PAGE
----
In leadership, a best friend isn't just a companion; they are a catalyst for growth and achievement. Learn how your bestie can be your secret weapon in the pursuit of leadership greatness.
What is a best friend?
A best friend is someone you can be intimate with. I do not mean in the Biblical sense but in the psychological sense. An intimate friendship, as defined by psychologists, is like having that one person who knows you inside out. It's all about that special connection where you can be completely yourself, spill your heart out, and feel understood without judgment. It's having someone who's got your back no matter what, providing emotional support, and being there through thick and thin. In these friendships, you share your deepest thoughts, feelings, and experiences, and it's all about being real, raw, and vulnerable. It's like having a rock-solid bond that brings comfort, happiness, and growth to both of you.
Why do leaders need best friends?
Having a bestie makes you a better leader by making you happier and healthier.
In recent decades, the number of Americans who have no close friends has increased from 3% to 12%. More and more Americans are reporting loneliness because they lack relationships where they can share their feelings and feel a sense of belonging.
Loneliness seems especially acute in leadership positions, as 70% of new CEOs have reported feeling lonely. Leaders feel isolated and unable to share vulnerabilities, especially when new to the role.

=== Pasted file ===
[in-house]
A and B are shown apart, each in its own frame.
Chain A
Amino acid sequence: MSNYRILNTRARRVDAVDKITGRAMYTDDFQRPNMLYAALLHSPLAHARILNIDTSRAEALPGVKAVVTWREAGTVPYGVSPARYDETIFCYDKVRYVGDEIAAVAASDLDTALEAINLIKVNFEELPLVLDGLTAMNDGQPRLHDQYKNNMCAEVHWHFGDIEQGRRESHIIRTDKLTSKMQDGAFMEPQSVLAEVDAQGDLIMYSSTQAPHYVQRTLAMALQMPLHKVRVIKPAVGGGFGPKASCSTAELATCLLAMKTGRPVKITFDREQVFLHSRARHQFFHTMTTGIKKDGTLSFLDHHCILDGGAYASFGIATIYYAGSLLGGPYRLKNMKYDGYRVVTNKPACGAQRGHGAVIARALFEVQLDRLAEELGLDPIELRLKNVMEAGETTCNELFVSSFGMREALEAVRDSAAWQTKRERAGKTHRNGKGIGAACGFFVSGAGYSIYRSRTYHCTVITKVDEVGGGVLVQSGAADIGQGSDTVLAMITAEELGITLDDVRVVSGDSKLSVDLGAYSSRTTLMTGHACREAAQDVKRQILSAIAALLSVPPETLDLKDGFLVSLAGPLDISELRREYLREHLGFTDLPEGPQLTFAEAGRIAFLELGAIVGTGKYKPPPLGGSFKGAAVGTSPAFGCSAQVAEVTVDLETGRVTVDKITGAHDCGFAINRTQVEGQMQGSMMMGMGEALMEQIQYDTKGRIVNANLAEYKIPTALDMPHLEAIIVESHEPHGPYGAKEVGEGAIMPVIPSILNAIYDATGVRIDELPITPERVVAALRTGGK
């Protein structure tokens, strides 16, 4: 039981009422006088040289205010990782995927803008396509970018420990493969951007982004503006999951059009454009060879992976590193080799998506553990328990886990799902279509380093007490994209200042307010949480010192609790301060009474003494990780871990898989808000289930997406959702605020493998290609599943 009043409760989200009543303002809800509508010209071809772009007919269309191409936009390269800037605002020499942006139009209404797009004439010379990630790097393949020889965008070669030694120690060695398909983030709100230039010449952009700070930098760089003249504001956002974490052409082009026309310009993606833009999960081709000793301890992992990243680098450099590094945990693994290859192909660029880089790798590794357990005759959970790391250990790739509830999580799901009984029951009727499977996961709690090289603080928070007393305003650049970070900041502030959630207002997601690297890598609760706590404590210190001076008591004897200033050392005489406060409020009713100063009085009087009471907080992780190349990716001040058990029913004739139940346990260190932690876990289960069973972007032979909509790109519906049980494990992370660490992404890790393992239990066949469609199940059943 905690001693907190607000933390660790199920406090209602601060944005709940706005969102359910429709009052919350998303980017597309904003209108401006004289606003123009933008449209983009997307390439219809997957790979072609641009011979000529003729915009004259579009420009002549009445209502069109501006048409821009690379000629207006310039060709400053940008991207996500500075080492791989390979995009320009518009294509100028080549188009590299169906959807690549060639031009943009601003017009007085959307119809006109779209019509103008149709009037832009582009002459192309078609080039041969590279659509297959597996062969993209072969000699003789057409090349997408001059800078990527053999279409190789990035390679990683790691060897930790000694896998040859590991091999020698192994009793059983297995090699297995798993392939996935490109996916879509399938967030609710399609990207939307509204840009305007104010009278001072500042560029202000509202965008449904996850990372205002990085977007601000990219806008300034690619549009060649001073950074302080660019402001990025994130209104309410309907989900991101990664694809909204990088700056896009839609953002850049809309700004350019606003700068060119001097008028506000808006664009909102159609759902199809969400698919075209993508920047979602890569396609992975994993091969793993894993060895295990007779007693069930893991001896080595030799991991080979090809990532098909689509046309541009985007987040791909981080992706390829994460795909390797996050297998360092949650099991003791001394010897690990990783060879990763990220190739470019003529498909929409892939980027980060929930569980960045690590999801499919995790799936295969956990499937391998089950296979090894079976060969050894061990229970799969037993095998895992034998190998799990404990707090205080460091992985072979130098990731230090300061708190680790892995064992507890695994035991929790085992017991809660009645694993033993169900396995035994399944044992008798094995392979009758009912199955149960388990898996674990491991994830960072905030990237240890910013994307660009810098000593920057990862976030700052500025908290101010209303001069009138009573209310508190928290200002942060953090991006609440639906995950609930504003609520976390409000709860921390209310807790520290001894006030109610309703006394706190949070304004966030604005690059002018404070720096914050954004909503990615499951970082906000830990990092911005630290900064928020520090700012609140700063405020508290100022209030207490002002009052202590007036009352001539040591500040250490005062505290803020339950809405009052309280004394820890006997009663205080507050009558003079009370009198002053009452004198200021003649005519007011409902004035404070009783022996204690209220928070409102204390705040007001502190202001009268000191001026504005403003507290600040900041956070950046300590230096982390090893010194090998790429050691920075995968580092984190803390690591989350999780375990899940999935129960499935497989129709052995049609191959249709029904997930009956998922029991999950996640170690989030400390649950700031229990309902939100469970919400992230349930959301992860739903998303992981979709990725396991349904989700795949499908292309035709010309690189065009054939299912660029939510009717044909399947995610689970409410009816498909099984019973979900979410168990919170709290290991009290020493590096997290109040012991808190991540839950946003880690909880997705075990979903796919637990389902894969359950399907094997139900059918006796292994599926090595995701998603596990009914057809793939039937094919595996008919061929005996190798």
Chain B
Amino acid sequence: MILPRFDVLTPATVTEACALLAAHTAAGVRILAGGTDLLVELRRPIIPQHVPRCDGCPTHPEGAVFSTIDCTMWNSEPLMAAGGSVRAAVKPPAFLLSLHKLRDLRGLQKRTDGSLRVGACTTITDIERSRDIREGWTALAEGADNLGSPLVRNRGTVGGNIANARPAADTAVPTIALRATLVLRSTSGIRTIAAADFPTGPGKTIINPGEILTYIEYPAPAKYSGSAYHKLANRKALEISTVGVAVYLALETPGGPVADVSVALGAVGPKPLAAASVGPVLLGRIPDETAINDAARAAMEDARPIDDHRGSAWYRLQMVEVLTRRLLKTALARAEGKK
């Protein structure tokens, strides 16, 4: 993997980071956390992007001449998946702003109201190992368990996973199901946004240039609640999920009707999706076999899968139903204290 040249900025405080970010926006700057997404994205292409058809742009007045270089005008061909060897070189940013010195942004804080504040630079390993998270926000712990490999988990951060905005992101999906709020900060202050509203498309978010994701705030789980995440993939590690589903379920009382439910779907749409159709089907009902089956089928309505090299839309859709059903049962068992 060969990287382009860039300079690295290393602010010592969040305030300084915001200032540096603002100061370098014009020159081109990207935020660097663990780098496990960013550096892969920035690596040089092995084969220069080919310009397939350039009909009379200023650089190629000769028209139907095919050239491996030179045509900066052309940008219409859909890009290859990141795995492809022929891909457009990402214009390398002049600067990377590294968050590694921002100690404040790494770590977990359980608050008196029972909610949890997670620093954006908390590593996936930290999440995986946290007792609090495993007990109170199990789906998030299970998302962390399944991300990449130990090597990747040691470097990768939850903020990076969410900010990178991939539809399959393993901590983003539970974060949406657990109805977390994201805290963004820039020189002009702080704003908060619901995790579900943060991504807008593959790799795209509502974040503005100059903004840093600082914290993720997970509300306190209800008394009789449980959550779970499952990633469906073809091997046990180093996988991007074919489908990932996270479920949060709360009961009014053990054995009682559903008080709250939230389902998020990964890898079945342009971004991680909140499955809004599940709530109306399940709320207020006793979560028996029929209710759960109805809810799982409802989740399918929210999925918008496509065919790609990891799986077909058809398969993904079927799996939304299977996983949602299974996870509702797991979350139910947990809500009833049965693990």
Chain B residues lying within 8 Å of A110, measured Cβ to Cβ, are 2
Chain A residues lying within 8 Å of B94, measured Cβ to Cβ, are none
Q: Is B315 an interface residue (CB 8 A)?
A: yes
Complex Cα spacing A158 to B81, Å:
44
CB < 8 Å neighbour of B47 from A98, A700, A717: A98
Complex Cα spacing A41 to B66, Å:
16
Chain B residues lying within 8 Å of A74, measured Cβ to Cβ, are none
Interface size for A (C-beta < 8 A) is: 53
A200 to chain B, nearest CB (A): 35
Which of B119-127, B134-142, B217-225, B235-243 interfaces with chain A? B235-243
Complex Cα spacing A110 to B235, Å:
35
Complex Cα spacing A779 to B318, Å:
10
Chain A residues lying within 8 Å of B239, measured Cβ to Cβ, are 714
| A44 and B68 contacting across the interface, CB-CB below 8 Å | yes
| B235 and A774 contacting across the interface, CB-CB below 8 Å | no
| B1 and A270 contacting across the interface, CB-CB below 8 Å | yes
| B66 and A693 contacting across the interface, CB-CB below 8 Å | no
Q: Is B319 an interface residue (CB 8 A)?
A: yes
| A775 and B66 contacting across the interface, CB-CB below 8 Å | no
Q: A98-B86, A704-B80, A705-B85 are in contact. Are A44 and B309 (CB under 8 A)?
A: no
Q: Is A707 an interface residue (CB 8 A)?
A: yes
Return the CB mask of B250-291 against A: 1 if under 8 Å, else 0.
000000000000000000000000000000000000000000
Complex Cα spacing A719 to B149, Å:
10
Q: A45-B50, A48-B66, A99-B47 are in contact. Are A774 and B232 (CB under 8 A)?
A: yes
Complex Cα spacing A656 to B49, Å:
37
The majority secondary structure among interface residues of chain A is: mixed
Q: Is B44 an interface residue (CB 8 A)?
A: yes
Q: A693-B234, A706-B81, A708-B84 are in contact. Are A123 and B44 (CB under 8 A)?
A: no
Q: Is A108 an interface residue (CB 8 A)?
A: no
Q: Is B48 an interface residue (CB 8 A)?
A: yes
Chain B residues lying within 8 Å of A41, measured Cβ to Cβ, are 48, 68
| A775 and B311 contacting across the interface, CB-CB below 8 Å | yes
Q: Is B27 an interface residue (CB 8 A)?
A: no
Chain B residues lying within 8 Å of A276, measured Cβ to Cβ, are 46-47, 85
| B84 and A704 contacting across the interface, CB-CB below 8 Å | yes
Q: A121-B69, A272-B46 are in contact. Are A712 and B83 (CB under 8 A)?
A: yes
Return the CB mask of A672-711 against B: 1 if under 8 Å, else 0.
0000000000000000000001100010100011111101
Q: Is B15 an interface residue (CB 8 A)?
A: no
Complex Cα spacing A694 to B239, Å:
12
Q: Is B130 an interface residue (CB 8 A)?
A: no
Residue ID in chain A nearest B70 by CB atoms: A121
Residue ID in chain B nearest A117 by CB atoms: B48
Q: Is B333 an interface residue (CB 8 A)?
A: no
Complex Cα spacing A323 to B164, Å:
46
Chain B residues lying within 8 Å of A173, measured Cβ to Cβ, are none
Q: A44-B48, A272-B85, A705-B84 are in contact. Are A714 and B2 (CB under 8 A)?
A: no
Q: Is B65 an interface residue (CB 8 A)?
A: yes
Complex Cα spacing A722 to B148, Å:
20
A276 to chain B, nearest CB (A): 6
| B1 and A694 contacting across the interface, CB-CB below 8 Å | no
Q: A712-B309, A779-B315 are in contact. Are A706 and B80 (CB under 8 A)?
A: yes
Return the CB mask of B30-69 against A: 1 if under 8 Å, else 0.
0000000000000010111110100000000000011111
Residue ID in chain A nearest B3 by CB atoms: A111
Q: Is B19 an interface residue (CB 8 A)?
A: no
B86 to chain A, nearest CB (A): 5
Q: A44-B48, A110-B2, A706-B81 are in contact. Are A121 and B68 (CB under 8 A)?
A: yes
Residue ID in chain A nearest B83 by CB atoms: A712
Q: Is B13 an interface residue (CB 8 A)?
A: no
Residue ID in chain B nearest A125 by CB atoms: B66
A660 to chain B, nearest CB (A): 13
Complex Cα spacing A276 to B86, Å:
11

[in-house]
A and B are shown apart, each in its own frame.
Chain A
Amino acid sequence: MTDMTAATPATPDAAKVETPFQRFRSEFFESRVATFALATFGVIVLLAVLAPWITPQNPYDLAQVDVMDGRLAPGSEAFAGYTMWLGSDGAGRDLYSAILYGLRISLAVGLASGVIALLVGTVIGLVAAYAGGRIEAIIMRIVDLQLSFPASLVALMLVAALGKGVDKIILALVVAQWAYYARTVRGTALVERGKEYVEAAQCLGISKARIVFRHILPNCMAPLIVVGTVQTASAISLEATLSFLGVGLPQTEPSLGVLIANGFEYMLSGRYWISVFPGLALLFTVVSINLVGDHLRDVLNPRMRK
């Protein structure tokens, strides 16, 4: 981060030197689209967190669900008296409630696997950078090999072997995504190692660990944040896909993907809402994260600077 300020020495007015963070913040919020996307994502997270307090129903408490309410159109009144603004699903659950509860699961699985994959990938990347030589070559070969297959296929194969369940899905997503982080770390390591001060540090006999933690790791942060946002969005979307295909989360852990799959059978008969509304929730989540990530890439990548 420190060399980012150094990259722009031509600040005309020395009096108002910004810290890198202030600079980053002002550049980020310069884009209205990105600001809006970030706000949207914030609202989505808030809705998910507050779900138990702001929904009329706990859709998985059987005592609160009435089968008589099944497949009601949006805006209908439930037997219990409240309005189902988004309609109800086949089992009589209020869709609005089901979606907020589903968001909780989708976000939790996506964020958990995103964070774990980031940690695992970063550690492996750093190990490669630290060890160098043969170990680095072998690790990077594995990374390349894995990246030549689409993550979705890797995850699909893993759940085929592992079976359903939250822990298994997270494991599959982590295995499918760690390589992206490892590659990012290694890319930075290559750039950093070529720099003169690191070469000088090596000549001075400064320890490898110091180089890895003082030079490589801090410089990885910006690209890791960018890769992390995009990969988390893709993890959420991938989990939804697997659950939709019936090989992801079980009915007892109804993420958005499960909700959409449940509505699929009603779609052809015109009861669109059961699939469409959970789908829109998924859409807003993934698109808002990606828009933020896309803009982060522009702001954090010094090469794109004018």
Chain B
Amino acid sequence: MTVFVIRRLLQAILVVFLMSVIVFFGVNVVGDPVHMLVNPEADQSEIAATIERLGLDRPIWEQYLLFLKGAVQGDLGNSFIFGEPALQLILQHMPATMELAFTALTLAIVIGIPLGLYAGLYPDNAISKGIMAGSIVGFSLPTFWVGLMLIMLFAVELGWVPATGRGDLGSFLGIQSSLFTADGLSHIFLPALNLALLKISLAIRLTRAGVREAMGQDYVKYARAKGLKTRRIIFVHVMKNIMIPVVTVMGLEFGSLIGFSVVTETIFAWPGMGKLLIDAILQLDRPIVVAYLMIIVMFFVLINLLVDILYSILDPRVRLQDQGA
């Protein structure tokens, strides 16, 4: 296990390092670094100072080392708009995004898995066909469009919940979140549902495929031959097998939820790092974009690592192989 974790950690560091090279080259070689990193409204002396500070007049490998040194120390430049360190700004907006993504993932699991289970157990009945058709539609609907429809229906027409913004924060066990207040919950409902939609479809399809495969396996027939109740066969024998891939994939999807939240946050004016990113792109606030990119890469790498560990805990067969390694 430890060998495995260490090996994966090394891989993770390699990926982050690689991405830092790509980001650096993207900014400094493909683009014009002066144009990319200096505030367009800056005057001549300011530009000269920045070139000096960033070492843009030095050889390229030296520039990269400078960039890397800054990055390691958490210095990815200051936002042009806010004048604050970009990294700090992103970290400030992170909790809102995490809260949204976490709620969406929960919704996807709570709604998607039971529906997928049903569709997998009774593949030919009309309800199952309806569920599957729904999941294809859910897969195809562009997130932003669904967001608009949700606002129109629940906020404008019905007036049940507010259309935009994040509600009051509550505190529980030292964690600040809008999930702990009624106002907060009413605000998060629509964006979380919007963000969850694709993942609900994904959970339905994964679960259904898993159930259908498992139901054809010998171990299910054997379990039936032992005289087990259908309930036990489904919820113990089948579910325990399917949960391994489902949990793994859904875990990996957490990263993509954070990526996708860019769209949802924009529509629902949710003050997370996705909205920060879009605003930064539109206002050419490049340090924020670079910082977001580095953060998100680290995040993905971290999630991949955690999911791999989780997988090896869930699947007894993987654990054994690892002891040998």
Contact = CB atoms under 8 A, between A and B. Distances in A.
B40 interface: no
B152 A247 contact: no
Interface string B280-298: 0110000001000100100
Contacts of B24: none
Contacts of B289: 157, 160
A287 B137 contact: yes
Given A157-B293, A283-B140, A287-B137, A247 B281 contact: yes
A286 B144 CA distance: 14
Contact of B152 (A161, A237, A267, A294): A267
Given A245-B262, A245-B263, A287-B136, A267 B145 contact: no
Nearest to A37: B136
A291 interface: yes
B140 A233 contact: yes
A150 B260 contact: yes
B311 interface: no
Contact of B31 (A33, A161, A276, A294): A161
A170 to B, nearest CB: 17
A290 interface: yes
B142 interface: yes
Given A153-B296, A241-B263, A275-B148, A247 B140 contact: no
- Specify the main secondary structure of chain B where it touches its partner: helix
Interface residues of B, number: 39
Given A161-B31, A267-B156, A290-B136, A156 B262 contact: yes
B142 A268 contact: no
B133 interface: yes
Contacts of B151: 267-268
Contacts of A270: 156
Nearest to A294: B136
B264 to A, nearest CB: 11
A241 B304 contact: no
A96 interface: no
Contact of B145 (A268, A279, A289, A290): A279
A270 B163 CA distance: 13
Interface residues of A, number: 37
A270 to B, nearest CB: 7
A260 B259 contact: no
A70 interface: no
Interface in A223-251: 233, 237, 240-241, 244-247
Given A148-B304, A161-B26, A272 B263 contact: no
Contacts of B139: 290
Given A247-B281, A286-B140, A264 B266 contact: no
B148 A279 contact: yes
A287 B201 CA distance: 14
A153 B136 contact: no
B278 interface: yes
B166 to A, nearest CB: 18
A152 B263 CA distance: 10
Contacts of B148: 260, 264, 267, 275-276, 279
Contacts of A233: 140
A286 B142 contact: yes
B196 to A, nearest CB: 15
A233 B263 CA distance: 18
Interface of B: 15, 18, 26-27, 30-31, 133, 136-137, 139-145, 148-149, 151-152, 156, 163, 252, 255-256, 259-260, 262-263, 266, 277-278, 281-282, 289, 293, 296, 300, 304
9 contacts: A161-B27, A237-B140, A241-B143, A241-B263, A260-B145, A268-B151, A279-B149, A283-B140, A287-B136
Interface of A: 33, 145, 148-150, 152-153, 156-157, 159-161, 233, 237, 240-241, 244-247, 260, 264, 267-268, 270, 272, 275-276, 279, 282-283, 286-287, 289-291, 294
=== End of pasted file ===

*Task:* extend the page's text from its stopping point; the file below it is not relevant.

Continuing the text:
Why does loneliness matter? Research has found that loneliness has the same impact on your health as smoking 15 cigarettes a day! As leaders, we need to make sure we are investing in intimate relationships in order to protect our health so that we will have the energy to lead and to be able to work effectively.
Having intimate relationships defeats feelings of loneliness and increases your happiness. In fact, don't stop at one bestie! Americans report higher satisfaction and happiness the more friends they have.
Having a bestie makes you a better leader by encouraging you to have a life outside of work.
As leaders, it is important to have boundaries with work so it does become our identity. Spending time with a best friend can offer a much-needed escape from work-related stress and responsibilities. It allows you to engage in enjoyable activities, have fun, and recharge your energy. By nurturing your personal relationships, you cultivate a sense of fulfillment and happiness outside of work, which can positively impact your overall well-being and mental health and will enable you to work better and longer!
Having a bestie makes you a better leader by helping you think and do better.
We often think of best friends as the listening ear and cheerleader, which is important for our mental health and contributes to our happiness. Another benefit of the listening ear is giving us a chance to bounce ideas off of honest and open people. They may offer a different perspective or help you to come up with novel solutions. We may be able to share things with a bestie that we can't share with a colleague, and by sharing, we can find ways to address work challenges. Best friends will tell you when you are working too hard or they will cheer you on when you think your efforts are in vain. The bestie can inspire you, motivate you to achieve more, and help you overcome self-doubt.